Ultimately, Cook’s voyage did not succeed in its aim of discovering a great southern landmass nor did it reach Antarctica. But, just as importantly, by crossing the Antarctic Circle on 17 January 1773 the ship and its crew became the first in recorded history to cross the line and had travelled further south than anyone in the world. In the ship’s journal, now held by the British Library, Cook confirmed that: 

At about a quarter  past 11 o’clock we cross’d the Antarctic Circle, for at Noon we were by observation four miles and a half south of it and are undoubtedly the first and only ship that ever cross’d that line.

Cook Add Ms 27886 f55

Logbook of Lieut. James Cook (1770), The British Library, Add Ms 27885, f. 55. Untitled

Cook and his crew would cross the Antarctic Circle three times during this voyage, and on its third attempt on the 30 January made their most southerly penetration but were ultimately forced back due to the solid sea ice. In his journal Cook admitted:

I who had ambition not only to go farther than anyone had been before, but as far as it was possible for man to go, was not sorry in meeting with this interruption…

Following Cook’s voyage, the international fascination with Antarctica increased with several expeditions to reach and map Antarctica emerging in the 1820s, followed some 80 years later by explorers such as Scott and Ernest Shackleton (1874-1922), attempting to reach the South Pole.

Named the Terra Nova Expedition after the vessel which took them to the Antarctic, the first successful British expedition to the South Pole was that led by Captain Robert Falcon Scott and which reached the South Pole on this day, 17 January, 1912. Though the expedition aimed to fulfil a programme of scientific, zoological, geological, magnetic and meteorological studies it was principally motivated by a race to the Pole. However, when Scott’s expedition finally reached their target, to their dismay, they learnt that they had been beaten by Norwegian explorers led by Roald Amundsen (1872-1928). In Scott’s diary of 1912, now held at the British Library (and available online through ‘Turning the Pages’), the team’s disappointment at being beaten is palpable:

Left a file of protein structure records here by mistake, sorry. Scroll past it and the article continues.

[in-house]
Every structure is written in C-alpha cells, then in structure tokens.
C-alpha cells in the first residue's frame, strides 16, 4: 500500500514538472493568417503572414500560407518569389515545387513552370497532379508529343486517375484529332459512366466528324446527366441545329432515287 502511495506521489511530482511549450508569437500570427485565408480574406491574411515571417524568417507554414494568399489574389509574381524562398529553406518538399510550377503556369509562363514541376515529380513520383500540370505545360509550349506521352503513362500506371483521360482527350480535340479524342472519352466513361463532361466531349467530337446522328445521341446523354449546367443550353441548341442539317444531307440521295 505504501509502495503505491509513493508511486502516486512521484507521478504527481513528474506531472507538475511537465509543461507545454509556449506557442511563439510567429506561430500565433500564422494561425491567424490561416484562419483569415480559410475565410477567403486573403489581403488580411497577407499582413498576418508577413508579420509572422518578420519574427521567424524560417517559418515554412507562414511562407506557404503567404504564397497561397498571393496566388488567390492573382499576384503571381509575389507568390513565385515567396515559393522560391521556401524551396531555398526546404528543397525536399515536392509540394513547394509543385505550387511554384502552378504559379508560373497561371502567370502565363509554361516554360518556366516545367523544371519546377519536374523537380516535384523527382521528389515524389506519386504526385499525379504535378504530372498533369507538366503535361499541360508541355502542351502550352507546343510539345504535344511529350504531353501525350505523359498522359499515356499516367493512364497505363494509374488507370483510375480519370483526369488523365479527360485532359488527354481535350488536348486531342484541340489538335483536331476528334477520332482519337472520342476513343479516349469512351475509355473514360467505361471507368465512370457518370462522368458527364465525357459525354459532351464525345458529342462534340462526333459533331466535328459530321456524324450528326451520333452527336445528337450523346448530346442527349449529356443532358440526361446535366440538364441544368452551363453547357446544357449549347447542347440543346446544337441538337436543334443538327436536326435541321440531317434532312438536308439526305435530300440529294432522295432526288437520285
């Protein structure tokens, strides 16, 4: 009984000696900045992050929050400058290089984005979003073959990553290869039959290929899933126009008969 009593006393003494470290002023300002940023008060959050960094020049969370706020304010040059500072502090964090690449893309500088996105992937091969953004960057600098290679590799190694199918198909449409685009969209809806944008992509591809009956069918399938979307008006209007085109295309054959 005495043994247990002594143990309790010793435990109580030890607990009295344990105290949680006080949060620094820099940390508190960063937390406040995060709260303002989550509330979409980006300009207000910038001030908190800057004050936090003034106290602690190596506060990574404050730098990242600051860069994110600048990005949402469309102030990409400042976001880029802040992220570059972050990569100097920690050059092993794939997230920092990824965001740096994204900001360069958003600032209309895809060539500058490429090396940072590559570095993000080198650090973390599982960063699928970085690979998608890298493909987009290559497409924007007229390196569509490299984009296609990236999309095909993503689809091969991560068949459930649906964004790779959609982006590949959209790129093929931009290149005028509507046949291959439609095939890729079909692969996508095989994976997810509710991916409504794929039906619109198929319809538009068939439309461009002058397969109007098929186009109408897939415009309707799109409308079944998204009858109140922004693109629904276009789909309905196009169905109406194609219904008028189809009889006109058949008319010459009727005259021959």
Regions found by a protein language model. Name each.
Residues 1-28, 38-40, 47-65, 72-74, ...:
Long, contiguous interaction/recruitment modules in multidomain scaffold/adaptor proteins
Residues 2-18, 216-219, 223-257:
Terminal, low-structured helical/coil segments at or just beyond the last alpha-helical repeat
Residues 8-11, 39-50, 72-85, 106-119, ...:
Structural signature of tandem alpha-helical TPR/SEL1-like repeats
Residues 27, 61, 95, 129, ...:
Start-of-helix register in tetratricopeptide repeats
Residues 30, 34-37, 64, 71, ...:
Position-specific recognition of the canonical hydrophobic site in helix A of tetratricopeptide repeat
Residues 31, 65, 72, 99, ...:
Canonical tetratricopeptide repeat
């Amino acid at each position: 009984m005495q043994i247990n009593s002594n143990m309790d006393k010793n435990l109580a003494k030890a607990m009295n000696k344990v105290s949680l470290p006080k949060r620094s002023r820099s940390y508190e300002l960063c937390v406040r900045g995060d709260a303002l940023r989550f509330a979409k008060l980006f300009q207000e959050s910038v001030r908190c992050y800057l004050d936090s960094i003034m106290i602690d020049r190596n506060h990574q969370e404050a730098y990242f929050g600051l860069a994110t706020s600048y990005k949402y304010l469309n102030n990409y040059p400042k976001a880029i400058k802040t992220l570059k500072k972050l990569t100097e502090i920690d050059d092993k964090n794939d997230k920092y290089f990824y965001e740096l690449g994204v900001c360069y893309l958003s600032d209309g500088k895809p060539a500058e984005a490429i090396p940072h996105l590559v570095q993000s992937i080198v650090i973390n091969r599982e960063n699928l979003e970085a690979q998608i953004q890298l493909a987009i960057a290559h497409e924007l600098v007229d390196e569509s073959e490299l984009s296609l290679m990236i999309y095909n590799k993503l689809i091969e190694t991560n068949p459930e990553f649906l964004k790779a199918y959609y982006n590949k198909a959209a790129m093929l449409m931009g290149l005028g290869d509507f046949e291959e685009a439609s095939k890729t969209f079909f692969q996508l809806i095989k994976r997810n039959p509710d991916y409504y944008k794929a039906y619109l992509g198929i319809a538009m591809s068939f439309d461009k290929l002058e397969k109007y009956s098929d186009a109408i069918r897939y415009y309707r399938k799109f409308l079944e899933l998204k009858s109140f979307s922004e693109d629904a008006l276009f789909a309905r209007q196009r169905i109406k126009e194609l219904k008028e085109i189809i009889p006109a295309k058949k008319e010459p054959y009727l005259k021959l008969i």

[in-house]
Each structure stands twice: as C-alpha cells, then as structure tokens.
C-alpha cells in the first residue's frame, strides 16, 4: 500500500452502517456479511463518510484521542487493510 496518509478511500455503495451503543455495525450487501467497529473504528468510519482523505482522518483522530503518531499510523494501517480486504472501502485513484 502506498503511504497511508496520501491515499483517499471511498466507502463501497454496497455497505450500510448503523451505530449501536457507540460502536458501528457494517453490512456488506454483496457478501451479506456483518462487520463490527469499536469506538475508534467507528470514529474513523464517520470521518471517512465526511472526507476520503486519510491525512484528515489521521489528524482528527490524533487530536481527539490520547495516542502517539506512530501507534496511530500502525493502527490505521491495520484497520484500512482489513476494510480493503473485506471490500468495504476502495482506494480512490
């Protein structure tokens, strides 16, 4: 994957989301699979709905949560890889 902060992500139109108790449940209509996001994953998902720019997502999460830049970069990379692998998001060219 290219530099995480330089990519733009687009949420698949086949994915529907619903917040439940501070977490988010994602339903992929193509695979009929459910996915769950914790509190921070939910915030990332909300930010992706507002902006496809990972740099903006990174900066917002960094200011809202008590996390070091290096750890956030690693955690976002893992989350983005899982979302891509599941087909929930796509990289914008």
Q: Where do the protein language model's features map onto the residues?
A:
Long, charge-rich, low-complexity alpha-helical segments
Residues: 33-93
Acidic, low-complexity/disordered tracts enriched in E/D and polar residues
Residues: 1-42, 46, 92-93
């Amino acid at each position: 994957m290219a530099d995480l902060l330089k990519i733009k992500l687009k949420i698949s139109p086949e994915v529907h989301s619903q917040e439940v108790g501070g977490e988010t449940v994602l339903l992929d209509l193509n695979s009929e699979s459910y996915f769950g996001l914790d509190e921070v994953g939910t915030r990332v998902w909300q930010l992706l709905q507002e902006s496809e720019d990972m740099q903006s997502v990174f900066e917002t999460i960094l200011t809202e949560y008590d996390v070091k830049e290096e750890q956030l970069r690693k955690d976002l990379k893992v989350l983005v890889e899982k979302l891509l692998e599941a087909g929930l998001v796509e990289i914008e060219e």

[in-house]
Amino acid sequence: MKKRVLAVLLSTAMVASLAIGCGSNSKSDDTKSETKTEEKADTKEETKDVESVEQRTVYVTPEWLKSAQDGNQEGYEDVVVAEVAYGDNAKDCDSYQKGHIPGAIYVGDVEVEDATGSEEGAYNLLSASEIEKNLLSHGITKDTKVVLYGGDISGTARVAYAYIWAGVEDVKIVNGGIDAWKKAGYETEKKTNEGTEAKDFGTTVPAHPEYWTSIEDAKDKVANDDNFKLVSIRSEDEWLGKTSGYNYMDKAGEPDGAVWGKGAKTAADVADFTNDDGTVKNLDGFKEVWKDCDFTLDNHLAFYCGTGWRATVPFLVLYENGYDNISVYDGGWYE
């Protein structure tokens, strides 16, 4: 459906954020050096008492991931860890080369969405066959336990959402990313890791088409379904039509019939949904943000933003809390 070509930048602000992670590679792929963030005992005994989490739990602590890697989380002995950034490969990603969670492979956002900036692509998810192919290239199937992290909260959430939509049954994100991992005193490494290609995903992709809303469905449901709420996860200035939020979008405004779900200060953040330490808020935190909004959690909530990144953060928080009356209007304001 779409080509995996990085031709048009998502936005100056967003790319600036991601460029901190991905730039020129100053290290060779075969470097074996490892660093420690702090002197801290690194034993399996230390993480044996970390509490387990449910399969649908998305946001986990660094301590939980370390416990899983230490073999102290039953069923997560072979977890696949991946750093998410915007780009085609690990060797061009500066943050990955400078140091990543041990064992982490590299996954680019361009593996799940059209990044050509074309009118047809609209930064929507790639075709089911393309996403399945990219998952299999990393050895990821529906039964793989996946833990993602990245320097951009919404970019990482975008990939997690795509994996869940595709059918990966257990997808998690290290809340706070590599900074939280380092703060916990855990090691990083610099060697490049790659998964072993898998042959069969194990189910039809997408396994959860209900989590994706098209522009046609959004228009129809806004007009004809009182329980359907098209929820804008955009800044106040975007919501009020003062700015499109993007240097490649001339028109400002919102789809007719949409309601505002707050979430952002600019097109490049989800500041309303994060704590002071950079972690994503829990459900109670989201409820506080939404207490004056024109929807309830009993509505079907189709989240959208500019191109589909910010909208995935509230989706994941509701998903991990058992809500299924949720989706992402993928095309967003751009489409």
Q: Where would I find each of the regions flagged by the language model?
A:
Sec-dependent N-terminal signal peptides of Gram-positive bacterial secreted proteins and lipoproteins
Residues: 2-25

Wednesday, January 17 - Camp 69. THE POLE. Yes, but under very different circumstances from those expected. We have had a horrible day – add to our disappointment a head wind 4 to 5, with a temperature -22 degrees, and companions labouring on with cold feet and hands.

  Scott 1 The Pole

Captain Scott's diary (1912),  The British Library, Add Ms 51035, vol. 2, f. 36.Untitled